.25 organic raw wheat germ 25¢
-10¢ for bag refund
Total spent: $84.68
(click link to show recipe, first is whole foods, second is trader joes, keep in mind my card information has been blocked out)
5 medium bananas, very ripe (Should be almost all brown and squishy)
1 cup unpacked brown sugar (dark is better but light will work)
½ cup regular sugar
¼ teaspoon salt
½ tablespoon baking soda
3 tablespoon ground flax + 8 tablespoons HOT water (mix well and let set 5 minutes)
¼ cup grape-seed oil (you can use olive oil if you prefer)
½ cup unsweetened applesauce
1 tablespoon vanilla extract (the real stuff only please)
¼ cup nondairy milk mixed with 1 teaspoon white or rice wine vinegar ***(see note)
2½ cups wheat flour (you may need more or less)
slightly less than 1 cup nuts, chopped **(see note)
In a small bowl add your ground flax seeds and HOT water (I cannot stress how important HOT water is), stir well so there are no lumps and let set aside for about 5 minutes. Also preheat your oven to 350 degrees Fahrenheit (180 Celsius or gas mark 4).
In a large bowl, combine your bananas, sugar, vanilla, salt, applesauce, baking soda, oil, and nondairy milk. Using your hands (which I did) or a potato masher; mash until the lumps are less than 1 centimeter (1/4 inch) or til desired smoothness. I like to leave tiny lumps so you get bites of banana, but this is up to you.
Check your flax "eggs", if they are snotty in texture and thick; they are ready to go in the bowl. If they are not, let set another couple minutes, then add to large bowl.
Mix in your flax eggs well. Now start to mix in your flour ½ cup at a time using the folding method. I suggest using a flexible spatula for this. Circle your bowl to scrap the sides down, and cut through the middle until your flour disappears and there are no huge pockets of flour in the mixture. Repeat this for 2 cups total of flour. Now look at your mixture, is it thick, kinda snotty and holds together well? If the answer is yes, then stop. If you think it needs a little more then add the remaining ½ cup of flour. If for some reason your bananas were huge and its still too moist, add ½ more flour. There really is no reason to use more than 3 cups. Once your batter looks ready, fold in slightly less than 1 cup of nuts, your choice; make sure they are evenly distributed.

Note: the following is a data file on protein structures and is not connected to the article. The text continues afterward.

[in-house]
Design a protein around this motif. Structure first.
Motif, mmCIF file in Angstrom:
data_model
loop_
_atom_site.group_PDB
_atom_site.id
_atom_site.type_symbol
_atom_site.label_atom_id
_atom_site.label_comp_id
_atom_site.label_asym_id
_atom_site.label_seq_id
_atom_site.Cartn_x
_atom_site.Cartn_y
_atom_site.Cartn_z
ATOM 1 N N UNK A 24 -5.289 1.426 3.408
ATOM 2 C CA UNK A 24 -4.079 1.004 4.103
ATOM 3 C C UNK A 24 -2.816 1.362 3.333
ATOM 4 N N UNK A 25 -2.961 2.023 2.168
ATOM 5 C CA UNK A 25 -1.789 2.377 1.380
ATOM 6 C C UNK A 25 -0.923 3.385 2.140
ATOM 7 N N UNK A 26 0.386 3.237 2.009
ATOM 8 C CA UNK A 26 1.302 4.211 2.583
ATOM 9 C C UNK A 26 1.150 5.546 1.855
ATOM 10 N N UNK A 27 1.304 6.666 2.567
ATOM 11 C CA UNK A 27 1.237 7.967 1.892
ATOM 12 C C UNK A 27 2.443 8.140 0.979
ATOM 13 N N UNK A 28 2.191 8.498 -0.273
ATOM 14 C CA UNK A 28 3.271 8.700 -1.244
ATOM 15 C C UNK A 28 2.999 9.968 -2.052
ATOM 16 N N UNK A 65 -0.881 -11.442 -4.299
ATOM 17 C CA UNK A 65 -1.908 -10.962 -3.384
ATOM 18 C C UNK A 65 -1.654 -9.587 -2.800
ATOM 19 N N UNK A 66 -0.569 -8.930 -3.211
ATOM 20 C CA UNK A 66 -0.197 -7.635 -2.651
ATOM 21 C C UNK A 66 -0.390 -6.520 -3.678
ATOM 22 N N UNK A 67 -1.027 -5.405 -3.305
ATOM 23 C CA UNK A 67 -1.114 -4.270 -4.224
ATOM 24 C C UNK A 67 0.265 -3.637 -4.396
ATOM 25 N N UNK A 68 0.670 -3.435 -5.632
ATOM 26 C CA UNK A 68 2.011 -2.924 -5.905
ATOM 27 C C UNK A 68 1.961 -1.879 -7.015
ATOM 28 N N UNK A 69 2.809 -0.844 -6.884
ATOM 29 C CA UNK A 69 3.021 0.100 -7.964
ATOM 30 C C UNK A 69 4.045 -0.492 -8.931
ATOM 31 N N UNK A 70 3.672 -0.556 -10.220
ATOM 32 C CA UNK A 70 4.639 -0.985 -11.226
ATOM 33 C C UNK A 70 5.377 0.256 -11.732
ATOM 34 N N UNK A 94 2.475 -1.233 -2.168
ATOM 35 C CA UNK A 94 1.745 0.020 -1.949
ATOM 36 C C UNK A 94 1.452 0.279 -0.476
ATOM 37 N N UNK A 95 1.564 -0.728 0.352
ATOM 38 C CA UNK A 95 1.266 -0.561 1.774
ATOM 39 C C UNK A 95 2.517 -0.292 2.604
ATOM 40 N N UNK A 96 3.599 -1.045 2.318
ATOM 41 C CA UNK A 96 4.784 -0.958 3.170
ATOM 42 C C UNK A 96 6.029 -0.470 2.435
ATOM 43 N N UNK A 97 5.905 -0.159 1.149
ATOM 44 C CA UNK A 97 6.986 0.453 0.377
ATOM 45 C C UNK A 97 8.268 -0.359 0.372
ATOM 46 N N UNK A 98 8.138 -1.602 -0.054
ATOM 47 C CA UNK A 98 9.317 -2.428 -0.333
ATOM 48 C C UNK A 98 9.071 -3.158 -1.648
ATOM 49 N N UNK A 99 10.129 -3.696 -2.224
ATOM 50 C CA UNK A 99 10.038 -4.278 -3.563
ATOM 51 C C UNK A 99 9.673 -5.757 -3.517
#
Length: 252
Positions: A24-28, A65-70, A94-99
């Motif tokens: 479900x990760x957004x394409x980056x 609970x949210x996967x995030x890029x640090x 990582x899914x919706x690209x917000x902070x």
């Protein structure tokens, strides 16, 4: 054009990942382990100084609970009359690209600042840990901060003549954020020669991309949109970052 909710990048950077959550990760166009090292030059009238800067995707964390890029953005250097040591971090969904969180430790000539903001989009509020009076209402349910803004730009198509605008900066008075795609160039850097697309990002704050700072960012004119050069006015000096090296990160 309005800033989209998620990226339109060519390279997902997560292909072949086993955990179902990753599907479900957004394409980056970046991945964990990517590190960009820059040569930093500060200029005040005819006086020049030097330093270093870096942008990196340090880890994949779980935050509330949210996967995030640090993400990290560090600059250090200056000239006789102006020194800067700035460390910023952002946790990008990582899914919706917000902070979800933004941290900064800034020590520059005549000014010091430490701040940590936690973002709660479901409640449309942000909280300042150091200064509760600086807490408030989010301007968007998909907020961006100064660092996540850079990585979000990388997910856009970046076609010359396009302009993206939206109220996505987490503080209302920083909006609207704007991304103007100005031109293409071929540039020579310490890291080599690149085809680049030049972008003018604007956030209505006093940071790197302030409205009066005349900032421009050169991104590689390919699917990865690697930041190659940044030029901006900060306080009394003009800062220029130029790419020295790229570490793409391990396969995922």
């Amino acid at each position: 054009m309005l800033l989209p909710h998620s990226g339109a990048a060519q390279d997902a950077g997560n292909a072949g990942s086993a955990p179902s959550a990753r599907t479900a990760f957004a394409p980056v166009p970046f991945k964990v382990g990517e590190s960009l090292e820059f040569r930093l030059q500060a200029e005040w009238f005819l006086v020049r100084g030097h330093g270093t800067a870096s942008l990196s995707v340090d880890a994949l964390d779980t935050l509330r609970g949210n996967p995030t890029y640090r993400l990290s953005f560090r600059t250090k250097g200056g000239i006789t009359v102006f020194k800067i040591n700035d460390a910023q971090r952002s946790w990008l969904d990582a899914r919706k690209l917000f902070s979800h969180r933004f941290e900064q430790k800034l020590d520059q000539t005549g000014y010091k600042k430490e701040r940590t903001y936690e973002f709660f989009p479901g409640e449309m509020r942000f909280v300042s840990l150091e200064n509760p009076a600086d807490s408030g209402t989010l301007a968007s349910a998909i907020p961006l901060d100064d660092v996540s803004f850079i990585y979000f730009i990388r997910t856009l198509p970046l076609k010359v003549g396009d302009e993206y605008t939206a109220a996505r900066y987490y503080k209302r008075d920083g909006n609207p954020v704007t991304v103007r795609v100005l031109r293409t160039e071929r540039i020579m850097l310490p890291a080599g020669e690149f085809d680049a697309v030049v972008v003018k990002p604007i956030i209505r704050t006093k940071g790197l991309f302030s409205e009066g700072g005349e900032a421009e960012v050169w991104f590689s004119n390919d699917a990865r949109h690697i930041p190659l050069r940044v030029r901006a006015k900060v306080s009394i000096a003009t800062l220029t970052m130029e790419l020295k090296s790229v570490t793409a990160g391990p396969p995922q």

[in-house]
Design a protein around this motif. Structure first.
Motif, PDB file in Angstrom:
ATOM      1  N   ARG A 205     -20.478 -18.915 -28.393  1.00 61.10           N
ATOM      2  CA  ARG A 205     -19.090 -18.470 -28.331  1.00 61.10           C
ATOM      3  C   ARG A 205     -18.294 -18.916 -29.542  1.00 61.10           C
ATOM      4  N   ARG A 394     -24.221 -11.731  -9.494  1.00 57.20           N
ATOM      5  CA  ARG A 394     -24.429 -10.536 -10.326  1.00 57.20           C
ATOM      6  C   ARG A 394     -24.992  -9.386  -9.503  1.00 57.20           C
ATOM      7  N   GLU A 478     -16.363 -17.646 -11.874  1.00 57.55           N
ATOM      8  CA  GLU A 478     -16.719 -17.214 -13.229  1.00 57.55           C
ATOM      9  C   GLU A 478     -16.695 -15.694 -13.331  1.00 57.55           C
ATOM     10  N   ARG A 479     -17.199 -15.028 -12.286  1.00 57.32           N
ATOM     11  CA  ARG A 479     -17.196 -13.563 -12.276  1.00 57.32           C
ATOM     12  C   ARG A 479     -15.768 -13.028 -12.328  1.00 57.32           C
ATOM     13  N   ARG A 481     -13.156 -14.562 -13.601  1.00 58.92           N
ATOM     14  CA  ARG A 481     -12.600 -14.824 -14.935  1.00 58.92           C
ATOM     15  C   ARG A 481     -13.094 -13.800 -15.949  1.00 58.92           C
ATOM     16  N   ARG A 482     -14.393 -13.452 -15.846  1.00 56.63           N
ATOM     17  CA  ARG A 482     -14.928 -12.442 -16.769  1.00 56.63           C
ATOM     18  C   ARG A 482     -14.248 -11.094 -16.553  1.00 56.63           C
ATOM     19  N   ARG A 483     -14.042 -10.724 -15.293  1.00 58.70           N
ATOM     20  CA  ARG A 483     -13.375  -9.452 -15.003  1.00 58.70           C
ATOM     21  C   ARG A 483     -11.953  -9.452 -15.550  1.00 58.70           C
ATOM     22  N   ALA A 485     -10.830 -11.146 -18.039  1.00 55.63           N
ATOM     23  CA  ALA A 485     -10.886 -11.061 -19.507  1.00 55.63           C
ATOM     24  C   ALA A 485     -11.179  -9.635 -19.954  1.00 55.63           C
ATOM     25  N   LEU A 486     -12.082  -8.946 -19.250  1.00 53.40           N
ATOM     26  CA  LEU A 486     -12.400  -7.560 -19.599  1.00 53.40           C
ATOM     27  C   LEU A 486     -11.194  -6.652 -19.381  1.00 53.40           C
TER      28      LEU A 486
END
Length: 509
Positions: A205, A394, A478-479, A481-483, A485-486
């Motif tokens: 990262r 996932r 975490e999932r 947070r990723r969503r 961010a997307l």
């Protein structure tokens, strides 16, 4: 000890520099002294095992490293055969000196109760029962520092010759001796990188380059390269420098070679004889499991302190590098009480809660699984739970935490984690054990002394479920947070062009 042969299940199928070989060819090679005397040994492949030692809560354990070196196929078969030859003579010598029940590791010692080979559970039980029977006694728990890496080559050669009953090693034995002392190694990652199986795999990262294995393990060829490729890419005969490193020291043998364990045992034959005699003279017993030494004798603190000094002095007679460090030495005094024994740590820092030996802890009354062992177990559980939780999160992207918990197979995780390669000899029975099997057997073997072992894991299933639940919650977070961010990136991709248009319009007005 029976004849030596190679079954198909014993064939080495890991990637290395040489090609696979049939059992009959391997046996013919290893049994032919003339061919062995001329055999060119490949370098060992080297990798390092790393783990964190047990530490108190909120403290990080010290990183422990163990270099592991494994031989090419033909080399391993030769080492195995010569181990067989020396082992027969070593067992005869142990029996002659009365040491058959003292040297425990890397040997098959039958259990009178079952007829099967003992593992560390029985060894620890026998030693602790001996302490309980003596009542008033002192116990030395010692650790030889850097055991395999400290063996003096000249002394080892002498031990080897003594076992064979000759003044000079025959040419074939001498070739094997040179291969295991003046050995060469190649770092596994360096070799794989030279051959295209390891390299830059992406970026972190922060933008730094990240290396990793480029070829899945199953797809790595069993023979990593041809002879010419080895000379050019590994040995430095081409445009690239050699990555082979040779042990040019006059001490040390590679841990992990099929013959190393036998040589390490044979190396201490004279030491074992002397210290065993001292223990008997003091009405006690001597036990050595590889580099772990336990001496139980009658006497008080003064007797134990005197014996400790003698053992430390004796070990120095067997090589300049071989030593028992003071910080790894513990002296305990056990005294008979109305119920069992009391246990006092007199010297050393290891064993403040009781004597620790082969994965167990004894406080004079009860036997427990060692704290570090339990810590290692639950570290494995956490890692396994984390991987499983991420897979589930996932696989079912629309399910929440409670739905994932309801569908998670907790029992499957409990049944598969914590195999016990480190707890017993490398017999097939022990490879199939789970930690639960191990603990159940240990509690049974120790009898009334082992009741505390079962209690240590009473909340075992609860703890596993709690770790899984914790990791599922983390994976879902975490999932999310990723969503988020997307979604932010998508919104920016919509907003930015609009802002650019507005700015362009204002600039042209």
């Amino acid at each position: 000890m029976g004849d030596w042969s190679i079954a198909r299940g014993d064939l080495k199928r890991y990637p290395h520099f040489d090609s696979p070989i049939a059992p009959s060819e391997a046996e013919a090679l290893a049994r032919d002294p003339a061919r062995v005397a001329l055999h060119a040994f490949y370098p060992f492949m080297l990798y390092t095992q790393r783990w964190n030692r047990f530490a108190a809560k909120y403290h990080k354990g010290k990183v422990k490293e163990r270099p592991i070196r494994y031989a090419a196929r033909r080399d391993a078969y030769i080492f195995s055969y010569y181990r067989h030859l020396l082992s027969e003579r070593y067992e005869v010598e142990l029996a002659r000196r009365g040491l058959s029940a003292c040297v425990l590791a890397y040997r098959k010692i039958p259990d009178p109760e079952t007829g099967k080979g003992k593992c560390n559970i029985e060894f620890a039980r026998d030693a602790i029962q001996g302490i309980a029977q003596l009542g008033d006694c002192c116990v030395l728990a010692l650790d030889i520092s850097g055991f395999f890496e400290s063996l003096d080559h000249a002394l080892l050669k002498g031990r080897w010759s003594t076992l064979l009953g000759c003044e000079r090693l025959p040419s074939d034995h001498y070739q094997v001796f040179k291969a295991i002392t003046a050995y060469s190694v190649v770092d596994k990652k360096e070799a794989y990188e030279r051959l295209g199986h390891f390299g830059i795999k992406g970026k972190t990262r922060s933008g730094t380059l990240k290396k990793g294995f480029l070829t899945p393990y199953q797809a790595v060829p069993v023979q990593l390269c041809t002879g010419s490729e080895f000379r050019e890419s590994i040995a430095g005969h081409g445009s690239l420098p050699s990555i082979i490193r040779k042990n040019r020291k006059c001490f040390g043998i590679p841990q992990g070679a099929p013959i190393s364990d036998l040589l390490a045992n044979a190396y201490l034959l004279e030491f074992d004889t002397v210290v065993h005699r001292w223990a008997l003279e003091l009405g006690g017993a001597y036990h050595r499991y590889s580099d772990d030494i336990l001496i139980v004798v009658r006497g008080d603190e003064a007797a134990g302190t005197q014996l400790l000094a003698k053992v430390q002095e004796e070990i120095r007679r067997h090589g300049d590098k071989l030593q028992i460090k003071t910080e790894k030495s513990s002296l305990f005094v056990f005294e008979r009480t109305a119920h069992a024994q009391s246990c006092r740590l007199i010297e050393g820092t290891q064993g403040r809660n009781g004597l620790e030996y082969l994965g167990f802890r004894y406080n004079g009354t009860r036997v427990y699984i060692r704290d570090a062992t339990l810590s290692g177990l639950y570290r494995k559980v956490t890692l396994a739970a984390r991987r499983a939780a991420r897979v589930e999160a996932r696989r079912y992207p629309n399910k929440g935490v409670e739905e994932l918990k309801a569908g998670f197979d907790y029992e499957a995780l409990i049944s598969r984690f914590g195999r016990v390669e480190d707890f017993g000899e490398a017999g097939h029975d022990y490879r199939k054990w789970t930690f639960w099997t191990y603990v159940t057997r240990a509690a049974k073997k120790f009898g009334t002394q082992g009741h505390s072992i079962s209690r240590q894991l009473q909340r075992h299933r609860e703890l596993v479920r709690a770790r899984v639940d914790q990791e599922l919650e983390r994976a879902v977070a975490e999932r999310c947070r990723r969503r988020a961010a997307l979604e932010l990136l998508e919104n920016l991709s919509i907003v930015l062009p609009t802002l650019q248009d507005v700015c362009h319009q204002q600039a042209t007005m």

Get two regular sized loaf pans and spray generously with oil or grease well. Failure to do this will result in a bread you can't pry from the pan with a crowbar, you were warned.
Divide the mixture evenly between the two pans and lightly tap on the counter to remove air pockets. Bake at 350 for about 60 - 75 minutes. A toothpick inserted in the middle of the loaf should come out almost clean (like 90%) if you wait for it to be completely clean, the bread will be crumbly and dry. Good with milk, not so much on it's own. Mine took 65 minutes.
At this point you can store them at room temperature (cool completely before putting in a container) or freeze them. My grandma used to wrap her breads in aluminum foil, then plastic wrap. Don't forget to date them. I wouldn't keep them in the freezer more than 3 months for best results. Thaw at room temperature completely before serving.
* A word on flax seeds. If you are baking for someone with an allergy you can use regular whole large sized eggs. Egg replacement powder isn't that great of an option here and extra bananas will not work either. Sorry =(
** A word on choosing nuts. I used pecans, which is all I had left. Traditional banana nut bread is made with walnuts, however you can mix and match to your taste. Try a combination of both or go for something different all together. You could also use sunflower seeds or pumpkin seeds if someone is your family has a tree nut allergy. Better safe than sorry!
*** A word on nondairy milk. In this recipe I used a homemade brown rice milk that was just rice and water with some vanilla, however you may use any type of nondairy milk. Be careful if choosing a strong flavored milk like mung bean or hemp milk. These will alter the flavor of the end dish. Also, coconut milk should be avoided unless you want coconut banana bread. (that does sound good though! 😉